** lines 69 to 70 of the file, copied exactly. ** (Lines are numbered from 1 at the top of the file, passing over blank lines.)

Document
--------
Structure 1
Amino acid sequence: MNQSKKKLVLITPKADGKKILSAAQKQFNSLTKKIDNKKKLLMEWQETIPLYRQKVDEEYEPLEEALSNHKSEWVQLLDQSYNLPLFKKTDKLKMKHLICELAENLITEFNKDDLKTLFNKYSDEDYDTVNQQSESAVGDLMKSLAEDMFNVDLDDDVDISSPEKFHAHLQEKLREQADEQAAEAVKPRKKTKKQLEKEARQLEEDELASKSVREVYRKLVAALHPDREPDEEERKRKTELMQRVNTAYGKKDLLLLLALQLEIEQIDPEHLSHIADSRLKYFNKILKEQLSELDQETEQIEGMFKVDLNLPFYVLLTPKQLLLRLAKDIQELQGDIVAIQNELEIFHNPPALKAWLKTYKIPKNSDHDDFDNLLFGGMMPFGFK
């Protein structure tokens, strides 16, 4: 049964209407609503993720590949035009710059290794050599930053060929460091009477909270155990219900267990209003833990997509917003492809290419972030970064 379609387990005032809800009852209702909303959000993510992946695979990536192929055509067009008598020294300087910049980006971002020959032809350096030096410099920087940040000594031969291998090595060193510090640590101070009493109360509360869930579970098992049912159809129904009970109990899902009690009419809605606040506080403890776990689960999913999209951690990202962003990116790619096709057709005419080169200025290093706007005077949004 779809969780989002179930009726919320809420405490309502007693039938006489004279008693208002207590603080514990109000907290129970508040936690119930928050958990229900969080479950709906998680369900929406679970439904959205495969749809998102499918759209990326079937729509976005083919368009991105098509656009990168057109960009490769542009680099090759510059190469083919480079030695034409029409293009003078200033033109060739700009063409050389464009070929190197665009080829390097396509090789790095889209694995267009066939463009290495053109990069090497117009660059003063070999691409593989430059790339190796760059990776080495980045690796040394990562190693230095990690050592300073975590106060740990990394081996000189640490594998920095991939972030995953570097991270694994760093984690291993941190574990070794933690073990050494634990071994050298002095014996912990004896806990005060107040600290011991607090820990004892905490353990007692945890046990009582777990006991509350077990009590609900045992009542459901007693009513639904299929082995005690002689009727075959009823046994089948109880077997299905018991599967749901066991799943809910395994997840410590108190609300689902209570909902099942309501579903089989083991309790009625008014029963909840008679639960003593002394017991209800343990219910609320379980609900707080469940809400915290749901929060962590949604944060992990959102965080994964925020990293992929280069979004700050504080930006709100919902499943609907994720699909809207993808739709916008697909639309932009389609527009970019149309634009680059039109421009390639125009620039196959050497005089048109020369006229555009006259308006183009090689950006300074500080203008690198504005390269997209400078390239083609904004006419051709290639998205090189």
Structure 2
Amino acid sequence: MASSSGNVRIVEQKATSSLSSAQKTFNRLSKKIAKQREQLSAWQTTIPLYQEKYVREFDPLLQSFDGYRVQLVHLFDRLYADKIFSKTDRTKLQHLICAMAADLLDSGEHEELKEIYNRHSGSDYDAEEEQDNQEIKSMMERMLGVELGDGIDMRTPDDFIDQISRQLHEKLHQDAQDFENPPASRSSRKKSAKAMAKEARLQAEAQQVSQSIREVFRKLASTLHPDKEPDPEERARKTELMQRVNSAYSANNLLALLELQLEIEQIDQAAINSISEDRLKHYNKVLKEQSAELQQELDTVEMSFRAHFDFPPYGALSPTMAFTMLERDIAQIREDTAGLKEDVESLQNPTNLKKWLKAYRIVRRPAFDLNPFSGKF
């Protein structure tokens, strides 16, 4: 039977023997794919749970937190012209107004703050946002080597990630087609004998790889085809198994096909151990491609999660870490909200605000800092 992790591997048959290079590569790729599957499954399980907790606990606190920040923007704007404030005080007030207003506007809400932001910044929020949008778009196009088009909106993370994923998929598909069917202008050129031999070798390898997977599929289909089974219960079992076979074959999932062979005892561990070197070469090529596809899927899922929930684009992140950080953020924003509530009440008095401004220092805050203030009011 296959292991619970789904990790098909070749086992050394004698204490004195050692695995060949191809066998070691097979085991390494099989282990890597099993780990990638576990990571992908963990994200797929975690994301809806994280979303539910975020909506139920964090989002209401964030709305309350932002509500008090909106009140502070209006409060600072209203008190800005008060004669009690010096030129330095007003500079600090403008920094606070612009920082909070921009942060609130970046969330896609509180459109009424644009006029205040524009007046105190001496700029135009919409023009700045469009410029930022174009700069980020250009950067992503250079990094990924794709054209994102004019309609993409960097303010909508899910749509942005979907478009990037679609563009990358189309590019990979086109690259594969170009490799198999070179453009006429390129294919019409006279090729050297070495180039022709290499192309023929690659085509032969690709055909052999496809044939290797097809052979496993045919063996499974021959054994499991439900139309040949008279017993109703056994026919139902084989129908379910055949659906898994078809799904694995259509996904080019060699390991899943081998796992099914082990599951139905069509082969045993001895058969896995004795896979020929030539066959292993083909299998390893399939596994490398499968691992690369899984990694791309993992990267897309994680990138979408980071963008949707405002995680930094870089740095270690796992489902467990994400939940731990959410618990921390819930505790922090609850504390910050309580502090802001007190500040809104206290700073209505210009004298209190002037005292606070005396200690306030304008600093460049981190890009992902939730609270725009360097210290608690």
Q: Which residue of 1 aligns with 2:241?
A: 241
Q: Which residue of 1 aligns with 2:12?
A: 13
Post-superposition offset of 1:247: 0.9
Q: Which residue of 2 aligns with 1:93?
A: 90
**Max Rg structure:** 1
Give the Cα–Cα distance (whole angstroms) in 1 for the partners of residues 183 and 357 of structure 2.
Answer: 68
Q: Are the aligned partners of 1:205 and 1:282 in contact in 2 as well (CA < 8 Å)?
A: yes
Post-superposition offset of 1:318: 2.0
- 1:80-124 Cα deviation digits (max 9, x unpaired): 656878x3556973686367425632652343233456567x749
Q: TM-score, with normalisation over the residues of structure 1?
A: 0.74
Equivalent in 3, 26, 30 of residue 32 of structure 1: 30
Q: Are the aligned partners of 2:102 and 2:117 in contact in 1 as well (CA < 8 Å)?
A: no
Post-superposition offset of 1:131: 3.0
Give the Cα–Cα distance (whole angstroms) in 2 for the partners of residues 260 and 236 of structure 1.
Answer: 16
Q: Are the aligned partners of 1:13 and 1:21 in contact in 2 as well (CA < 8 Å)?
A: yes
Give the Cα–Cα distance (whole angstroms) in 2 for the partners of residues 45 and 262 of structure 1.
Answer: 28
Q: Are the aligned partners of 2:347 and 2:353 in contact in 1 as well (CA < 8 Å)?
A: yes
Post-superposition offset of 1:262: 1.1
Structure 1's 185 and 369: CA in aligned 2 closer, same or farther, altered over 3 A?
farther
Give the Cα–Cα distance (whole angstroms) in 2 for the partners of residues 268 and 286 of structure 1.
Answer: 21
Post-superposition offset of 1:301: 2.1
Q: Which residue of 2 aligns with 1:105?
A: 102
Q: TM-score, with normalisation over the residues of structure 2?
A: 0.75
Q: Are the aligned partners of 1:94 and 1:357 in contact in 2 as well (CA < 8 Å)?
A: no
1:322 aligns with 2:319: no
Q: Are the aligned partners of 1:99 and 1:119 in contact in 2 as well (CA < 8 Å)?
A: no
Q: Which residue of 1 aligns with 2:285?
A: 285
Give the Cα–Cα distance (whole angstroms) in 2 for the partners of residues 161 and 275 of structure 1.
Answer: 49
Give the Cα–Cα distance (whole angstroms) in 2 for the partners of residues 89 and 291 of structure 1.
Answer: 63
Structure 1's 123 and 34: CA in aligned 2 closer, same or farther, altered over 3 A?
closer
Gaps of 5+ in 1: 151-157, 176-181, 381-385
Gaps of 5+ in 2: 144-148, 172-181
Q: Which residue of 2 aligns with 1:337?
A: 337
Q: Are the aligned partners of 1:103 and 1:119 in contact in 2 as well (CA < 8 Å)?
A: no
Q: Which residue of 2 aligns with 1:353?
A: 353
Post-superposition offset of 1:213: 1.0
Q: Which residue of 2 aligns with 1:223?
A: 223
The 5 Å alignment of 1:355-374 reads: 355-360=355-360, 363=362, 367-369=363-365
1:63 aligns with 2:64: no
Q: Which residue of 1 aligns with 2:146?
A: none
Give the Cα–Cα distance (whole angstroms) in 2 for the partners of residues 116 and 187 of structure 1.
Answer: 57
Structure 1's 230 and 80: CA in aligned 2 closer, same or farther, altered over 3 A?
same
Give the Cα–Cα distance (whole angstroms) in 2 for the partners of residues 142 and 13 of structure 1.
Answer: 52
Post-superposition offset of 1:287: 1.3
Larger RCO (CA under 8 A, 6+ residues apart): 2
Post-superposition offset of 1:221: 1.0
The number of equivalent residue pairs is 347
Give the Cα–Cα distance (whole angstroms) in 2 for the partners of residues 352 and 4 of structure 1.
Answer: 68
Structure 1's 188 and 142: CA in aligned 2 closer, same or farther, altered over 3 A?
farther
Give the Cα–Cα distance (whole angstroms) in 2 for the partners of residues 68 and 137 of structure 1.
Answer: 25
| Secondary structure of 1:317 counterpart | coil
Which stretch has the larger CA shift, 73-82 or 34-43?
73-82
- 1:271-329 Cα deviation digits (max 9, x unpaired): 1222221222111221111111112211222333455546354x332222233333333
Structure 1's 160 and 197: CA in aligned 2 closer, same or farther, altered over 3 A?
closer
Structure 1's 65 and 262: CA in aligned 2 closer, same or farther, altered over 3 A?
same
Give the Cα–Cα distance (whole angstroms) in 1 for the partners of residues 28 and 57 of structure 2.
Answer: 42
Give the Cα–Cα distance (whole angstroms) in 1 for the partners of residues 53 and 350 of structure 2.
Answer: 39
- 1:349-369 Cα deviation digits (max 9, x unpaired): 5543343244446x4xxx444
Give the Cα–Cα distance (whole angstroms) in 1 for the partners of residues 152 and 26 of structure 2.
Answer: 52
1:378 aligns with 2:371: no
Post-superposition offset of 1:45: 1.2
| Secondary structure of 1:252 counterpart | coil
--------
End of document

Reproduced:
The 5 Å alignment of 1:355-374 reads: 355-360=355-360, 363=362, 367-369=363-365
1:63 aligns with 2:64: no